Activists, who say that at least 20 members of a still-to-be-formed constitutional committee should be women, were warned this week by the vice president of the new parliament, Dr. Jumma Attiger—a man who has been supportive of women’s issues—that he fears there won’t be any women appointed to the 60-strong panel.

His comments at a meeting in Tripoli on Dec. 3, organized by the Voice of Libyan Women—an NGO seeking to advance women’s political rights—dismayed the 26 activists present, adding to their fears that they are losing ground. “Men claim they know about women’s rights and what’s best for women, so there don’t have to be any women on the committee,” says Lutfia Al Tabib, a former Tripoli school principal. “I have a problem with that. What they are basically saying is that women can only get rights through men.” She suspects that in the end a couple of women will be placed on the committee “just so the men can say, ‘Look, we have women.’”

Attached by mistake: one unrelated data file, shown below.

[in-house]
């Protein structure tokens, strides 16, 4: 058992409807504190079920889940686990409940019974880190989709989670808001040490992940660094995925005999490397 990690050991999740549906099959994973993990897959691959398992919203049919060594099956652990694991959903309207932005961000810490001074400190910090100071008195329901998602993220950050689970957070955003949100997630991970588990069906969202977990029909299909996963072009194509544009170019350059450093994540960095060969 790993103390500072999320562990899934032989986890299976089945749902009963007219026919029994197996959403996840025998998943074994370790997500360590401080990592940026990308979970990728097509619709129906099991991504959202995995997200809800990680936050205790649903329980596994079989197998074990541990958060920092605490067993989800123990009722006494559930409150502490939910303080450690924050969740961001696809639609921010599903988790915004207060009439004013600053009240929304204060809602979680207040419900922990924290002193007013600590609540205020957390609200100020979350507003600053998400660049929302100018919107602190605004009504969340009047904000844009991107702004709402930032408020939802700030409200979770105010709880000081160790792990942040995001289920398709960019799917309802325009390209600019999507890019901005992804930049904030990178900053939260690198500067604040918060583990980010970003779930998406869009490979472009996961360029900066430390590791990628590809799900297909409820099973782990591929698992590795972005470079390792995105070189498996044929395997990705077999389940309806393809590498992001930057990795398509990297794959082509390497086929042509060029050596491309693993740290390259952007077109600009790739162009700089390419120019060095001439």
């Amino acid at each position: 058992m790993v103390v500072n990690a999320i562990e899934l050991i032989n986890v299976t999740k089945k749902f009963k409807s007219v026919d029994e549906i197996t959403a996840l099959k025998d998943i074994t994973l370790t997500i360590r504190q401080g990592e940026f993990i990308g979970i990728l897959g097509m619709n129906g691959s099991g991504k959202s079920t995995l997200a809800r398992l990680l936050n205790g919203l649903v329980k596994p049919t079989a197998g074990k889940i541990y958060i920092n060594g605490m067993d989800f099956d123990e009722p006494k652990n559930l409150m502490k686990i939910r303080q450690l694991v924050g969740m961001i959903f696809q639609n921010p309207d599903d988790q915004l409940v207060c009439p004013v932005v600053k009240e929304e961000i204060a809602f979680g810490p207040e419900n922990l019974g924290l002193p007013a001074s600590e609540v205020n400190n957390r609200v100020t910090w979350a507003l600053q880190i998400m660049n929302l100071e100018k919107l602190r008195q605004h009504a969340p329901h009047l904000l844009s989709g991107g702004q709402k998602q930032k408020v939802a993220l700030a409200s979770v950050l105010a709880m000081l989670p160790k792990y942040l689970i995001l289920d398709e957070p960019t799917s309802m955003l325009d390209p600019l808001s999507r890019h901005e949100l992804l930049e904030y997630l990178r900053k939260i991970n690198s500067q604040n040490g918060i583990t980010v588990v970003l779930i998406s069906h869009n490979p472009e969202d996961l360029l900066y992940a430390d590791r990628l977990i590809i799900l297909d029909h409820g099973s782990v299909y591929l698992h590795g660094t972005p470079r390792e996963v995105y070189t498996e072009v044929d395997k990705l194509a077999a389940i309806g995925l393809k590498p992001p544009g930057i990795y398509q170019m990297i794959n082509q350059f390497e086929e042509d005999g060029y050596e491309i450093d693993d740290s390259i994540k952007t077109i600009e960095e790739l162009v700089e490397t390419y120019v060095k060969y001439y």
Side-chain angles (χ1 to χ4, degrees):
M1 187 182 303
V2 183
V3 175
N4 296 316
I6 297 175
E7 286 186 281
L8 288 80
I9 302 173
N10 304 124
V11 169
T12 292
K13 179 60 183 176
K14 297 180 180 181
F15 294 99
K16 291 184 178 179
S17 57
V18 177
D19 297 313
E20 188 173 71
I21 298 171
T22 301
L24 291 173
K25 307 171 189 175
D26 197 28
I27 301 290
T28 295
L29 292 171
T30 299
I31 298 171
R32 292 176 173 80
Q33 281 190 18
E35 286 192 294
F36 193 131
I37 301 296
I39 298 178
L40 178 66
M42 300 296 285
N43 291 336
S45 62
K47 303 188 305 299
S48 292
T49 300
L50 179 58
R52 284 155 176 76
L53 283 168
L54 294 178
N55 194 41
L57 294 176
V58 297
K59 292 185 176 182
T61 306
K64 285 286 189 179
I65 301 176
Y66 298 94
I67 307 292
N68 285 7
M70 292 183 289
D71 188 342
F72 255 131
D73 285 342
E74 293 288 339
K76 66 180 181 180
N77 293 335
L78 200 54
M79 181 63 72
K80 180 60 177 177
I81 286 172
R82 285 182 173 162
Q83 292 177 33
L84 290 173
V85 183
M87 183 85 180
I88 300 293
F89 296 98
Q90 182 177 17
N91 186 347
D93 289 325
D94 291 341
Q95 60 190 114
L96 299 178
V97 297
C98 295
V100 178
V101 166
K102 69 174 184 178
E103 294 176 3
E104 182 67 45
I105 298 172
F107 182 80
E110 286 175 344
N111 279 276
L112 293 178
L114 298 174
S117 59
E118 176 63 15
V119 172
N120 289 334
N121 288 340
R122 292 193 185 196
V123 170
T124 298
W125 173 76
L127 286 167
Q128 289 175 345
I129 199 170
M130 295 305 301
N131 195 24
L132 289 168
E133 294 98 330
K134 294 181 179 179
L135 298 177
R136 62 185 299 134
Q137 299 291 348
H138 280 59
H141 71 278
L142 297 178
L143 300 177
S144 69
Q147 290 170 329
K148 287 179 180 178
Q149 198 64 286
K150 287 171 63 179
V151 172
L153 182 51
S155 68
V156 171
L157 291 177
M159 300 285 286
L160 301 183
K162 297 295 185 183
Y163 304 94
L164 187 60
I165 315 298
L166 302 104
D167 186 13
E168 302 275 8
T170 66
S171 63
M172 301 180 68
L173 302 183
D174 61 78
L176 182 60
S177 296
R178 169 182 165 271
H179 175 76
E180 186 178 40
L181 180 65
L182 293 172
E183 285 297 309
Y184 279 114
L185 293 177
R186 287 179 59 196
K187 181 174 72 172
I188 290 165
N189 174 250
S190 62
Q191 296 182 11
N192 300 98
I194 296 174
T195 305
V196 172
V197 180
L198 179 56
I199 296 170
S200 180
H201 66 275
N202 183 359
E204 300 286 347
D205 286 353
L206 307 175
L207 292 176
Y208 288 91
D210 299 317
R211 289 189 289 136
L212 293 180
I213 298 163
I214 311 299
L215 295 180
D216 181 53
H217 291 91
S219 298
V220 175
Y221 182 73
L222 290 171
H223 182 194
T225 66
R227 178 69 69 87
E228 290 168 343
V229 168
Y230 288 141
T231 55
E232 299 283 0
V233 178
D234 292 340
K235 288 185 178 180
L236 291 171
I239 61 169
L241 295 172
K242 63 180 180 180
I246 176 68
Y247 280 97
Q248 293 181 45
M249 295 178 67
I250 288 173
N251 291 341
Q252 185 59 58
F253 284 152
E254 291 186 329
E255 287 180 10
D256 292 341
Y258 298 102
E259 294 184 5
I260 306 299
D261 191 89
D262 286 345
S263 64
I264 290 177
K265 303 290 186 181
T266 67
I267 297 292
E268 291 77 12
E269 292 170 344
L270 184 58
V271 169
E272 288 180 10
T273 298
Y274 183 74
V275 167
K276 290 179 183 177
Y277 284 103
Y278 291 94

She worries that the fight is going out of Libya’s fledgling women’s movement. “Right after the revolution there was strong activism among women, forming new civil-society organizations and campaigning. But women have become discouraged. Activism is dwindling and meetings are drawing far fewer women,” says the mother of six daughters.

Al Tabib places some of the blame for this on the women’s movement itself, arguing that it hasn’t done enough to reach out and recruit from beyond the ranks of the more educated and the elite and to broaden its appeal. “You see the same women over and over again drawn from the same families and groups of friends, and I don’t see new recruits from different walks of life joining the cause.”